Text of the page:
[0048] The inventive system employs circuits 41′, 42′, and 43′ which perform error detection and correction of a type which corrects only a low number of erroneous bits (per set of data fields) and assert a failure signal upon detecting more than such low number of erroneous bits (in one such set of data fields). Error detection and correction of this type requires that only a low number of ECC check bits are generated by ECC encoder 40′ and stored in array 16′ with the input data bits of interest.

[0049] In contrast, conventional sense amplifier 15 of the FIG. 1 system (when the FIG. 1 system operates as a multistate memory system) outputs encoded data fields (each field consisting of two or more binary bits, and representing the contents of a single memory cell of array 16) which are encoded so that it is much more likely that more than one bit per field will be erroneous. Thus, the conventional system of FIG. 1 requires performance of error detection and correction of a type which corrects a relatively large number of erroneous bits (per set of data fields) and asserts a failure signal upon detecting more than such relatively large number of erroneous bits (in one such set of data fields). Error detection and correction of this type requires that a relatively large number of ECC check bits are generated by ECC encoder 40 and stored in array 16 with the input data bits of interest.

[0050] Except for the difference between the particular encoding scheme implemented by sense amplifiers 15′ and 15 (in generating each encoded field of data in response to a data signal for one memory cell), and the difference between the particular error correction detection and correction algorithm implemented by circuits 40-43 on the one hand and circuits 40′-43′ on the other hand, circuits 15′ and 40′-43′ operate in the same manner as the above-described manner in which circuits 15 and 40-43 operate.

[0051] Only sense amplifier 15′ (and the method implemented by chip 3′ to read data from the cells of array 16′ and perform error correction and detection thereon) will be described below, since the foregoing description of those elements of chip 3 (of FIG. 1) other than sense amplifier 15 (and the manner in which these elements operate) applies equally well to chip 3′, and no purpose would be served by repeating it below. It is contemplated that in preferred embodiments of the inventive memory system, each memory cell in each memory array (e.g., each cell of nonvolatile array 16′ of chip 3′) is a flash memory cell.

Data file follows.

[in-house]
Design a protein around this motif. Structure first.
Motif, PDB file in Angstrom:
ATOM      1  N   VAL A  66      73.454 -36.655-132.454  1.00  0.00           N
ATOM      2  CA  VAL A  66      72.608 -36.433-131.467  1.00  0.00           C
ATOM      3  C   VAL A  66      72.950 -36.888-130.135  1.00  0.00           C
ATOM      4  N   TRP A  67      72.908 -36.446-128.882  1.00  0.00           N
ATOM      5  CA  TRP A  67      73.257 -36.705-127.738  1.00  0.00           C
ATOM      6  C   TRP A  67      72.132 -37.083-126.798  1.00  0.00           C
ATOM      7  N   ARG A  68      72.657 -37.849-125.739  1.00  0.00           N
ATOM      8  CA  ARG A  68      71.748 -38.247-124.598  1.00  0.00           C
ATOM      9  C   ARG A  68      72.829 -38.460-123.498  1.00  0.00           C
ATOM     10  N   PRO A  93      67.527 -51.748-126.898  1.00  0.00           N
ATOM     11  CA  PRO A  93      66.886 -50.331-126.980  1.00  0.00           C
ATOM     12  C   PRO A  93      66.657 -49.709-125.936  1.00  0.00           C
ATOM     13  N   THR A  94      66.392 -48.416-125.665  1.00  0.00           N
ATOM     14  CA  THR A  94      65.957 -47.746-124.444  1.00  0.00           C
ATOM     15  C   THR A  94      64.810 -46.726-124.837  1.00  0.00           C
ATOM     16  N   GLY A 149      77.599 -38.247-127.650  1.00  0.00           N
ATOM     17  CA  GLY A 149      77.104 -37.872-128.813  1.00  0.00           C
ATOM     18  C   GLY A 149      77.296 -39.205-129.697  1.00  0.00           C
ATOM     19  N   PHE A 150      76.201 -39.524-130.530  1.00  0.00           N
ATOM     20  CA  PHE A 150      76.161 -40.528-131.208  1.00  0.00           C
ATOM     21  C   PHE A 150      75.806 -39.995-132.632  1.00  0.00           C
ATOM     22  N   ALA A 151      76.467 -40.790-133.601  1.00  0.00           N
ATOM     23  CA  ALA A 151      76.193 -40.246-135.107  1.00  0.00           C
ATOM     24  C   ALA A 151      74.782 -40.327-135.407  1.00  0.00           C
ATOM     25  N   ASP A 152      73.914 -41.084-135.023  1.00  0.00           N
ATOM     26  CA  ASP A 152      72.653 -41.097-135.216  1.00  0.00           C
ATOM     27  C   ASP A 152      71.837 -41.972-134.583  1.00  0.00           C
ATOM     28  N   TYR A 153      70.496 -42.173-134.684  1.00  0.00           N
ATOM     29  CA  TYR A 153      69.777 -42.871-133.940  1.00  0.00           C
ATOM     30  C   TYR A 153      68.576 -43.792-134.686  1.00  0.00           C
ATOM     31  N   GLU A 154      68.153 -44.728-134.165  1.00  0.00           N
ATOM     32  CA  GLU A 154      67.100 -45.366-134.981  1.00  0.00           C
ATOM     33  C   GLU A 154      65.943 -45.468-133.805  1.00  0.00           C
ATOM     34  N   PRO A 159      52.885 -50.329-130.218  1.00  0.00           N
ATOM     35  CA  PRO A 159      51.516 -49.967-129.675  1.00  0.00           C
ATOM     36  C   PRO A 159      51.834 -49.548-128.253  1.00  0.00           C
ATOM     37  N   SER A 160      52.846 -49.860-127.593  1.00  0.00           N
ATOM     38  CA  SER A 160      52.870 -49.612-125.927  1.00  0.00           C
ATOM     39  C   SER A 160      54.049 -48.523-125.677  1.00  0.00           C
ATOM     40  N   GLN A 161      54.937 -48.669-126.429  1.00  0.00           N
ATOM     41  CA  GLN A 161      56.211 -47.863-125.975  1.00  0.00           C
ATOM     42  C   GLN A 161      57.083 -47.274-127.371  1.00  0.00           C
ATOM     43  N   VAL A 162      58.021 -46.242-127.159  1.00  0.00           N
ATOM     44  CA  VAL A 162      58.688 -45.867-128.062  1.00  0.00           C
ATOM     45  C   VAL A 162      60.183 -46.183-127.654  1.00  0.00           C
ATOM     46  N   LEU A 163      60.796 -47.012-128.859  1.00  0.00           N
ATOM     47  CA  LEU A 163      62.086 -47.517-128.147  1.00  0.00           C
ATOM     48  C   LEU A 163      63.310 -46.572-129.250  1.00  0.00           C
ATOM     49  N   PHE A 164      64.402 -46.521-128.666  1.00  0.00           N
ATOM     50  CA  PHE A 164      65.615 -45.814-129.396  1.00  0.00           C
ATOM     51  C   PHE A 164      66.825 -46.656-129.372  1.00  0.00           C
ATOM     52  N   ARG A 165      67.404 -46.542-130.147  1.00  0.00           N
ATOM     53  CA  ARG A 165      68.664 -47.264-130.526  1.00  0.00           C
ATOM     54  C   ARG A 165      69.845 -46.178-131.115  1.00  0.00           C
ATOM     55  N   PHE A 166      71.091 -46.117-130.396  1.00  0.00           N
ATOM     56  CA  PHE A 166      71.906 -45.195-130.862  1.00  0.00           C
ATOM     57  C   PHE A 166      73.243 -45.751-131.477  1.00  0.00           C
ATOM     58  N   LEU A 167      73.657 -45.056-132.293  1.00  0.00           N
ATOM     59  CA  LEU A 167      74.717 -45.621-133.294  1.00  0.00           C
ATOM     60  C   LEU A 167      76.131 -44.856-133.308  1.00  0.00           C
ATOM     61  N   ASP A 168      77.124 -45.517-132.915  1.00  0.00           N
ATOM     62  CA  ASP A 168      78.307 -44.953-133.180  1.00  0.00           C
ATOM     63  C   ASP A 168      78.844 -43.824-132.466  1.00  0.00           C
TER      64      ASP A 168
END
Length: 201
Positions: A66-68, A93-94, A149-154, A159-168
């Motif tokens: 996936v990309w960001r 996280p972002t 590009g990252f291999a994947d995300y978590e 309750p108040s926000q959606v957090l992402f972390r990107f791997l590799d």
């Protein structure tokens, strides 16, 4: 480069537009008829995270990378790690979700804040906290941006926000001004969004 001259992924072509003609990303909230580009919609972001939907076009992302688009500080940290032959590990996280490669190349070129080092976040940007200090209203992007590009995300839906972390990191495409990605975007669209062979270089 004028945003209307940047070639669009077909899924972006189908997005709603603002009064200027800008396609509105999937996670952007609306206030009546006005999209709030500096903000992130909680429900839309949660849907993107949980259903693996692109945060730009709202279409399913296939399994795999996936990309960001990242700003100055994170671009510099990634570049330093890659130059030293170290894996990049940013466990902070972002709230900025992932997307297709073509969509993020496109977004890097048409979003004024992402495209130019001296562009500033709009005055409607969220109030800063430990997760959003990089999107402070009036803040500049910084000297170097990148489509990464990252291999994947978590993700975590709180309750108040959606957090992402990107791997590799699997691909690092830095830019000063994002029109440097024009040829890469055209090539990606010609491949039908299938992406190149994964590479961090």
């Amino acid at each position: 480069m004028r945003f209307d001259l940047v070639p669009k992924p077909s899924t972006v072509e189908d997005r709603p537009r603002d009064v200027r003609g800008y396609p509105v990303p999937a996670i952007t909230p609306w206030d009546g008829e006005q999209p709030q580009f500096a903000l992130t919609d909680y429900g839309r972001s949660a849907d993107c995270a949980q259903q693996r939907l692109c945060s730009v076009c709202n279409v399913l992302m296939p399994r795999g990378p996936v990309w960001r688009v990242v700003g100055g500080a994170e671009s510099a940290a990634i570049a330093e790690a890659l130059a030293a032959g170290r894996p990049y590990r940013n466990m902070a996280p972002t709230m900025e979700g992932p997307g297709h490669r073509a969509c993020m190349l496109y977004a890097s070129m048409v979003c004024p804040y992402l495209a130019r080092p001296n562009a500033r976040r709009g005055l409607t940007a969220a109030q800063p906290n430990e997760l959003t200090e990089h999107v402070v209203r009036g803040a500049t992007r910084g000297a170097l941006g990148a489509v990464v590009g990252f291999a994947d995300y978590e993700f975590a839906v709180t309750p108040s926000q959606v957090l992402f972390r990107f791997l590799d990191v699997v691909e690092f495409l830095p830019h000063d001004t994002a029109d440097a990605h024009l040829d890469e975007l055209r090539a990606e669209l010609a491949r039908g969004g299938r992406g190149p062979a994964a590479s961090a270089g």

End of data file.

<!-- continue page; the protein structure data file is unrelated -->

[0052] Since chip 3′ (of FIG. 3) is operated as a multistate memory system, the data read from each cell of array 16′ cannot be represented by a single binary bit. Instead, an ordered set of at least two binary bits is required to represent the data read from each cell. The simplest (and least expensive) error detection and correction units suitable for implementing units 41′, 42′, and 43′ are designed to process parallel streams of binary data. Thus, in preferred embodiments, sense amplifier 15′ outputs parallel streams of binary bits, and the data read from each memory element of array 16′ is determined by an ordered set of at least two binary bits in this stream (such an ordered set is sometimes denoted herein as an encoded multi-bit “data field”).

[0053] A key aspect of the invention is that sense amplifier 15′ encodes the data read from each memory cell of array 16′ in a manner so that the encoded data output from sense amplifier 15′ can be error corrected using implementations of units 41′, 42′, and 43′ which require processing of a lower number of ECC check bits than required in prior art multistate memory systems to perform error detection and correction on the same number of data bits. In a class of preferred embodiments in which chip 3′ is implemented as a four-state memory system (each element of array 16′ is either in an erased state, or has been programmed to one of three non-erased states), sense amplifier 15′ encodes the data read from each element as a field (an ordered set) of two binary bits. In another class of preferred embodiments in which chip 3′ is implemented as an eight-state memory system (each element of array 16′ is either in an erased state, or has been programmed to one of seven non-erased states), sense amplifier 15′ encodes the data read from each element as a field (an ordered set) of three binary bits.

[0054] As explained, the bits written into memory array 16′ are “ECC encoded” in the sense that they include ECC check bits (in addition to data bits of interest) which are written into some of the cells of array 16′. The ECC encoded data (including ECC check bits) written into the cells of array 16′ have a well-defined format suitable for enabling error detection.

[0055] When chip 3′ is implemented as a four-state memory system (each cell of array 16′ is either in an erased state, or has been programmed to one of three non-erased states) and a selected cell of array 16′ is read, the cell will conduct a current (indicative of one of four possible states of the cell), and sense amplifier 15′ converts this current to a voltage (voltage VCELL of FIG. 4).

[0056] The manner in which sense amplifier 15′ determines the cell's state (in embodiments in which chip 3′ is implemented as a four-state memory system), and generates encoded data (a field of binary bits) indicative of this state, will be described with reference to FIG. 4 (which is a block diagram of circuitry included within sense amplifier 15′).